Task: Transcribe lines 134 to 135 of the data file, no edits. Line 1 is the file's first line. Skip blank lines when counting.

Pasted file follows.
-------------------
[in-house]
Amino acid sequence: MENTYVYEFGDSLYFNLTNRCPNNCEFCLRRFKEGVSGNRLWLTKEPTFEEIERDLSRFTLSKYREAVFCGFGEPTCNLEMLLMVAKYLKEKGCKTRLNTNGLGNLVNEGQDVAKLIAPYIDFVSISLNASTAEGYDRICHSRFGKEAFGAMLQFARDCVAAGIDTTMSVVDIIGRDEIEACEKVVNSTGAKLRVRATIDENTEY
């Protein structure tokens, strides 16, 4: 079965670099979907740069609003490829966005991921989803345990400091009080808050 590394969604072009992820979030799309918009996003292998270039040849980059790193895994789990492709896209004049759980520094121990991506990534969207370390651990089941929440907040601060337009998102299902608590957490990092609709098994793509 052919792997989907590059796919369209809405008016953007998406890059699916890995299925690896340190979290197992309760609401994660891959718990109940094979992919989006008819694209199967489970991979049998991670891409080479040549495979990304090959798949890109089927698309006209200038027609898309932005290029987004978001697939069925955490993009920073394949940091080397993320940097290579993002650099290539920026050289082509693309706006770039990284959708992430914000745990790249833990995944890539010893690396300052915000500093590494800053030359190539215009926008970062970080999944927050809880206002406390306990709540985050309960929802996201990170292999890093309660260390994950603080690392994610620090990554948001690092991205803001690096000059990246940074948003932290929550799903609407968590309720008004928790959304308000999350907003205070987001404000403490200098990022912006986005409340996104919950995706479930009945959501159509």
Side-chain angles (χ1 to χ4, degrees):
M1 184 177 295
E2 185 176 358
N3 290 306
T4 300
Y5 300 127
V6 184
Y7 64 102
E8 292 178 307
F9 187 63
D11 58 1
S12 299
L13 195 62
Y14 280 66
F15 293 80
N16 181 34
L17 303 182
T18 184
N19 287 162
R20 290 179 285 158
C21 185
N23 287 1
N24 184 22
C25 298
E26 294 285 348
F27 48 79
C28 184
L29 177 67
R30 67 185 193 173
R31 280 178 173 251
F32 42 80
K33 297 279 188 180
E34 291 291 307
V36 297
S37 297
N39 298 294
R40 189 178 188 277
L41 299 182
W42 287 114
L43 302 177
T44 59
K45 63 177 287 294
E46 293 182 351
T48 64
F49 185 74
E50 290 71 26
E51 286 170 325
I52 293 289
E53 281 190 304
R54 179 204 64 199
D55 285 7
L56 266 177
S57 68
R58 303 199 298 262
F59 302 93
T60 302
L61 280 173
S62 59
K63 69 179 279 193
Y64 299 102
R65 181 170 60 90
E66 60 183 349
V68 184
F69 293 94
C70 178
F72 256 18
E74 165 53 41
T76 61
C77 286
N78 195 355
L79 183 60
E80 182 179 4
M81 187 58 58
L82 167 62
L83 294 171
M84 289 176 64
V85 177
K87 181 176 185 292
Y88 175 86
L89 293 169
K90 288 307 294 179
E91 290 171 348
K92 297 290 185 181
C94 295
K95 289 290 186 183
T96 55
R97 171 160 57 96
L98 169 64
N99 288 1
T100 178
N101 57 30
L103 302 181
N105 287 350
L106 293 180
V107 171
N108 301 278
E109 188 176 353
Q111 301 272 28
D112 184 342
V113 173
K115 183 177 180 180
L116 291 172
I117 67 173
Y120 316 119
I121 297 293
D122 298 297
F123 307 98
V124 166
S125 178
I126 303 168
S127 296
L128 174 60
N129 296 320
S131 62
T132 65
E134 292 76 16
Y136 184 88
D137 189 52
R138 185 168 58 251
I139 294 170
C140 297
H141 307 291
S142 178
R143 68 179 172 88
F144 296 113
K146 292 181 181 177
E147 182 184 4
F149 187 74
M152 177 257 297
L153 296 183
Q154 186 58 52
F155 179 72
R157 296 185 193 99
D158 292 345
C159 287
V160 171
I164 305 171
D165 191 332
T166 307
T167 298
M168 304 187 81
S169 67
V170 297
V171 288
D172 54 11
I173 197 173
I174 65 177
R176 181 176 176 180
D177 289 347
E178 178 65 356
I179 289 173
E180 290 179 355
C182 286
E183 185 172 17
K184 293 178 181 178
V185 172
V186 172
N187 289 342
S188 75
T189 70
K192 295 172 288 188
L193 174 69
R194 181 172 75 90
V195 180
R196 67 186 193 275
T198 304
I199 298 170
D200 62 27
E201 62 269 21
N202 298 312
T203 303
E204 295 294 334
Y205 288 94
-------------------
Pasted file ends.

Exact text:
Q154 186 58 52
F155 179 72